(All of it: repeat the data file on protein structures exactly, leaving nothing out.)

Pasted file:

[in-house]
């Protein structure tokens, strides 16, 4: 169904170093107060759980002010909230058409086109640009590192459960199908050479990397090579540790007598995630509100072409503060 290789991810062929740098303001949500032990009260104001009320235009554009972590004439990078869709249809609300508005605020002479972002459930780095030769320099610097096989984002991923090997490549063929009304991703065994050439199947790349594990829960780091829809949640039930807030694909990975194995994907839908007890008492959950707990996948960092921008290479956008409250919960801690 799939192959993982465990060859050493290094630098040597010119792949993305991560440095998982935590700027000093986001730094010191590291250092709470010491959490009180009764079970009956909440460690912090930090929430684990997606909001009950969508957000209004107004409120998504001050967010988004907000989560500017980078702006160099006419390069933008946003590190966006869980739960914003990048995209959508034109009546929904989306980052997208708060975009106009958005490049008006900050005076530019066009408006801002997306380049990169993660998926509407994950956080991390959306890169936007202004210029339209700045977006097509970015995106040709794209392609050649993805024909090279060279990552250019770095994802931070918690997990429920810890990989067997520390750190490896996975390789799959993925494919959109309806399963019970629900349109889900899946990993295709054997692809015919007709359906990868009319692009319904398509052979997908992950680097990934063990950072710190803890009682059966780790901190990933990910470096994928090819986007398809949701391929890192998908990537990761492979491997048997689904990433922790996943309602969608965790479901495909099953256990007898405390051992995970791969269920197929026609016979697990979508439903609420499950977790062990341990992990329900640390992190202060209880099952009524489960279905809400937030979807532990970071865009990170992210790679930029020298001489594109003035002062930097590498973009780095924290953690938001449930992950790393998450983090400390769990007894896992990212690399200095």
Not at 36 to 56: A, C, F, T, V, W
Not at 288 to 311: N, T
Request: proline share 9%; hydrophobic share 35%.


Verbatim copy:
[in-house]
């Protein structure tokens, strides 16, 4: 169904170093107060759980002010909230058409086109640009590192459960199908050479990397090579540790007598995630509100072409503060 290789991810062929740098303001949500032990009260104001009320235009554009972590004439990078869709249809609300508005605020002479972002459930780095030769320099610097096989984002991923090997490549063929009304991703065994050439199947790349594990829960780091829809949640039930807030694909990975194995994907839908007890008492959950707990996948960092921008290479956008409250919960801690 799939192959993982465990060859050493290094630098040597010119792949993305991560440095998982935590700027000093986001730094010191590291250092709470010491959490009180009764079970009956909440460690912090930090929430684990997606909001009950969508957000209004107004409120998504001050967010988004907000989560500017980078702006160099006419390069933008946003590190966006869980739960914003990048995209959508034109009546929904989306980052997208708060975009106009958005490049008006900050005076530019066009408006801002997306380049990169993660998926509407994950956080991390959306890169936007202004210029339209700045977006097509970015995106040709794209392609050649993805024909090279060279990552250019770095994802931070918690997990429920810890990989067997520390750190490896996975390789799959993925494919959109309806399963019970629900349109889900899946990993295709054997692809015919007709359906990868009319692009319904398509052979997908992950680097990934063990950072710190803890009682059966780790901190990933990910470096994928090819986007398809949701391929890192998908990537990761492979491997048997689904990433922790996943309602969608965790479901495909099953256990007898405390051992995970791969269920197929026609016979697990979508439903609420499950977790062990341990992990329900640390992190202060209880099952009524489960279905809400937030979807532990970071865009990170992210790679930029020298001489594109003035002062930097590498973009780095924290953690938001449930992950790393998450983090400390769990007894896992990212690399200095």
Not at 36 to 56: A, C, F, T, V, W
Not at 288 to 311: N, T
Request: proline share 9%; hydrophobic share 35%.